University of Notre Dame News: A Reading

I have done a bit of analysis -- reading -- against the set of news distributed by the University of Notre Dame, and below is some of what I learned.


A lot of the University's news is distributed via the Web, and the root of the news is located at Late last calendar year I used program called wget to crawl the news site and cache the result. Upon closer inspection of the cache, I noticed how some of the Web pages were echoed and indexed in a number of auxiliary pages. I deleted the echoes and index pages, and I copied all of the news stories to a single directory. I then applied a tool called the Distant Reader Toolbox against the directory. This resulted in a data set of news stories which I proceeded to analyze.

There are about 10,000 articles in the data set, which includes articles from about the past two decades, I think. The data set is about 6.1 million words long, which is bigger rather than smaller. By comparison, Moby Dick is about .25 million words long, and the Bible is about .8 million words long.

Now that I have the data, what do I want to know? Well, my research questions are, "What does the news discuss? Who and what is in the news? If I were to enumerate the themes of the news, then what might those themes be, and to what degree are they mentioned compared to the other themes?" In the end, I really want to know, "What are the University's emphases?"

Simple frequencies

One way to address these questions is to observe simple frequencies. For example, illustrations of the most common words, two-word phrases, nouns, pronouns, named-entities, and statistically significant keywords all allude to what is brought to light in the news. If you ignore things like "facebook", "youtube", "twitter", and "grace hall" (which are all a part of the news feeds' boilerplate texts), then things like research, Catholicism, and awards present themselves. Upon closer inspection, a few disciplines present themselves. Medicine, law, religion, and business are good examples. See below:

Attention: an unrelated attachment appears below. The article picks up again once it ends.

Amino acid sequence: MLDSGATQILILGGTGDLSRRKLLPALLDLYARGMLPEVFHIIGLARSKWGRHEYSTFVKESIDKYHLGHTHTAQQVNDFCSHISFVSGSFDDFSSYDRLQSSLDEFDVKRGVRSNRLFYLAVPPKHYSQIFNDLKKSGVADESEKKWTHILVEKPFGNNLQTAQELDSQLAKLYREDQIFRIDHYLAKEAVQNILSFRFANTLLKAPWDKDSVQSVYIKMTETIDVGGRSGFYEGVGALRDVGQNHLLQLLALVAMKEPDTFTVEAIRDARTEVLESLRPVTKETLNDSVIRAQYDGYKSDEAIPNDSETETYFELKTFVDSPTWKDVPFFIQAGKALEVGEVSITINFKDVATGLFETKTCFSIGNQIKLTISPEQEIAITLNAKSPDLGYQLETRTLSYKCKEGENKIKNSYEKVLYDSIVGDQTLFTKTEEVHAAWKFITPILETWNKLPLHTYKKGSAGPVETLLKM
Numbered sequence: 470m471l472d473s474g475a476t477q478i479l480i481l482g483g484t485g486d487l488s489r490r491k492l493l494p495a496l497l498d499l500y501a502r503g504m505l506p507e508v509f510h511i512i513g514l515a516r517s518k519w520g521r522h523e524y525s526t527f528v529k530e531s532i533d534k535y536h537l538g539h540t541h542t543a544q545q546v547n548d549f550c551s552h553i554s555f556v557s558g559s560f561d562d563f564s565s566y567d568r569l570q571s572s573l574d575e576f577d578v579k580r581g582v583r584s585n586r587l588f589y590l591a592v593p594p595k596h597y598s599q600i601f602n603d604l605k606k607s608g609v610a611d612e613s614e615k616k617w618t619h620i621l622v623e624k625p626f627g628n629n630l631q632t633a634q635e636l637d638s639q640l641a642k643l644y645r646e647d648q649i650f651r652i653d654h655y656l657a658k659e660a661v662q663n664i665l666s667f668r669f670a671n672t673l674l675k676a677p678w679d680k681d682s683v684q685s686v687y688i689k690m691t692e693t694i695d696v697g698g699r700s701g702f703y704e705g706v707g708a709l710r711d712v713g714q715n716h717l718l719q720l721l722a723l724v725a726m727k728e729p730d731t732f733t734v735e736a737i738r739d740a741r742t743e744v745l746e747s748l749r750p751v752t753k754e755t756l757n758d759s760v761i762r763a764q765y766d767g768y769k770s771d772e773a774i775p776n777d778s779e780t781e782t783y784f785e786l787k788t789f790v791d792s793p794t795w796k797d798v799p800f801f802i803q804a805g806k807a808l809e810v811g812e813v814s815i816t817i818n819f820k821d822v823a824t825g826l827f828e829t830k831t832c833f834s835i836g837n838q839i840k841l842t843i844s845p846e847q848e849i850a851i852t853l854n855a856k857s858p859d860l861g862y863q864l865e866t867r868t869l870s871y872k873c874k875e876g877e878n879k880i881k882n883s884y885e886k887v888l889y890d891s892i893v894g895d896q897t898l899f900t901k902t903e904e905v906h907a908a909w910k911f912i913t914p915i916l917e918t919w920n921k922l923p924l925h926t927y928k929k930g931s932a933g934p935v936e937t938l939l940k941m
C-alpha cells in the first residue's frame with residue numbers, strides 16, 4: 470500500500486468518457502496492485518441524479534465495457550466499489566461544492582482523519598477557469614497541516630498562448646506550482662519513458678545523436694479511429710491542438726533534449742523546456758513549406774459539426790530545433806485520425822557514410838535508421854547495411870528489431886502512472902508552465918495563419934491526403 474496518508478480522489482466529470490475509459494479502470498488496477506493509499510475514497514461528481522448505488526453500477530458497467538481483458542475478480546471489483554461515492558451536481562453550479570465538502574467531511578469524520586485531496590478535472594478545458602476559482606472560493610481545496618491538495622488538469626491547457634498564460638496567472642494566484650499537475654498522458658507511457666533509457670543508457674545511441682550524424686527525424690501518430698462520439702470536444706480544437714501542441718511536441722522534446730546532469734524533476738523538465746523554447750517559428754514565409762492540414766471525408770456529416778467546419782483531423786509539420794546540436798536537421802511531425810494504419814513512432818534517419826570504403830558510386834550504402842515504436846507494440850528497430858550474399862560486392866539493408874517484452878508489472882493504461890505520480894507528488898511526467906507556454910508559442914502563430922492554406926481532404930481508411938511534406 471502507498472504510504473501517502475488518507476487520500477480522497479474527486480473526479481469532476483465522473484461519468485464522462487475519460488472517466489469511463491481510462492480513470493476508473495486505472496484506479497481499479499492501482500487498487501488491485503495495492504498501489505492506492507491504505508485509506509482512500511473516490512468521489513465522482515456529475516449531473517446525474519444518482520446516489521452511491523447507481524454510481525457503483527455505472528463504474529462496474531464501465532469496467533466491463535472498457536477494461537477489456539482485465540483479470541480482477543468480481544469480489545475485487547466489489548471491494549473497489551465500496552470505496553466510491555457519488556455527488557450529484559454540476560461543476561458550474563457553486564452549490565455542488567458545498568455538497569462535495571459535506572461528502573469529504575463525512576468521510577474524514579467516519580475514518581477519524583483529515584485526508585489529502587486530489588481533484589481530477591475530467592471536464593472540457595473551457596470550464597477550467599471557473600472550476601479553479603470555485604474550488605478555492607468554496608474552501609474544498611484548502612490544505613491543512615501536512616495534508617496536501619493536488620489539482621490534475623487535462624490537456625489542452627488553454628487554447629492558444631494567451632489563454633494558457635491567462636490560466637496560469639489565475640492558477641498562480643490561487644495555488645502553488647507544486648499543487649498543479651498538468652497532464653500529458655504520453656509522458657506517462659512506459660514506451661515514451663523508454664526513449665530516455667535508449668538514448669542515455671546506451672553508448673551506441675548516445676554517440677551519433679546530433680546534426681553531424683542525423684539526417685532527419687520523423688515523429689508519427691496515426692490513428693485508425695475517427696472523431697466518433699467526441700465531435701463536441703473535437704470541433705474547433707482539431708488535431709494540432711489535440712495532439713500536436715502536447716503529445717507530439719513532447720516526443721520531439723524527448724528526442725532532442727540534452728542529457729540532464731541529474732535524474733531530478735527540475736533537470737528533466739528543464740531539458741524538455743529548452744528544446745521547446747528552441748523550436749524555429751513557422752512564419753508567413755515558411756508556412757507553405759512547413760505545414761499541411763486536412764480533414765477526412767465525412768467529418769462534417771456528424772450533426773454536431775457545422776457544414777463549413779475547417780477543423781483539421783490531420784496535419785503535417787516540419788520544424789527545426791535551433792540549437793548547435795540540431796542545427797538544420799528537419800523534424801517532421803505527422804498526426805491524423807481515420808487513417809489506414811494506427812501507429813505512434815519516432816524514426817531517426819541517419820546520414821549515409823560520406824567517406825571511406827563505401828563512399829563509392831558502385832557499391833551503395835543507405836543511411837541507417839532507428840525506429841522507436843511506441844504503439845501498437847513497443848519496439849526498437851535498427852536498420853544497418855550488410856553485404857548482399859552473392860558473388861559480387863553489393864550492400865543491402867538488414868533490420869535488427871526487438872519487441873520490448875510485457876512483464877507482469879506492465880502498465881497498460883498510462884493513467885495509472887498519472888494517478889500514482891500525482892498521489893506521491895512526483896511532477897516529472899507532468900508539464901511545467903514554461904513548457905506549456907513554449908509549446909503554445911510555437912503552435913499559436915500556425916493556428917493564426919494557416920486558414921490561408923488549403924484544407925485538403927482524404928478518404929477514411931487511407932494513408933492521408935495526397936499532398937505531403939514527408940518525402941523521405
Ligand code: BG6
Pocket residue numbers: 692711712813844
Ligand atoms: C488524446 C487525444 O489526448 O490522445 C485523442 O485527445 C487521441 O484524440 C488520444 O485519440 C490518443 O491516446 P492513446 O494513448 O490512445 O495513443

most common words

most common two-word phrases





statistically significant keywords

The observations above are akin to a set of descriptive statistics, and for more detail see the automatically generated summary page complete with more descriptive statistics and rudimentary bibliographics.

Example stories

Using the statistically significant keywords as query terms -- while ignoring things like "notre", "dame", "university", and "news' -- what sorts of articles are represented by the keywords? Below are some examples, and for the most part, the stories seem to be about people:


Find news articles on your own with this (experimental) search interface:

output format: HTML CSV JSON

Topic modeling

Another way to connote "aboutness" is to apply topic modeling. Succinctly stated, topic modeling is an unsupervised machine learning process used to enumerate latent themes in a set of texts. Given an integer (T), topic modeling will divide a set of texts into T subsets, and each subset can be likened as a theme or "topic". (By the way, there is no correct value for T, after all, how many things -- T -- is the whole of Shakespeare's writings about? That said, topic modeling can be quite informative.)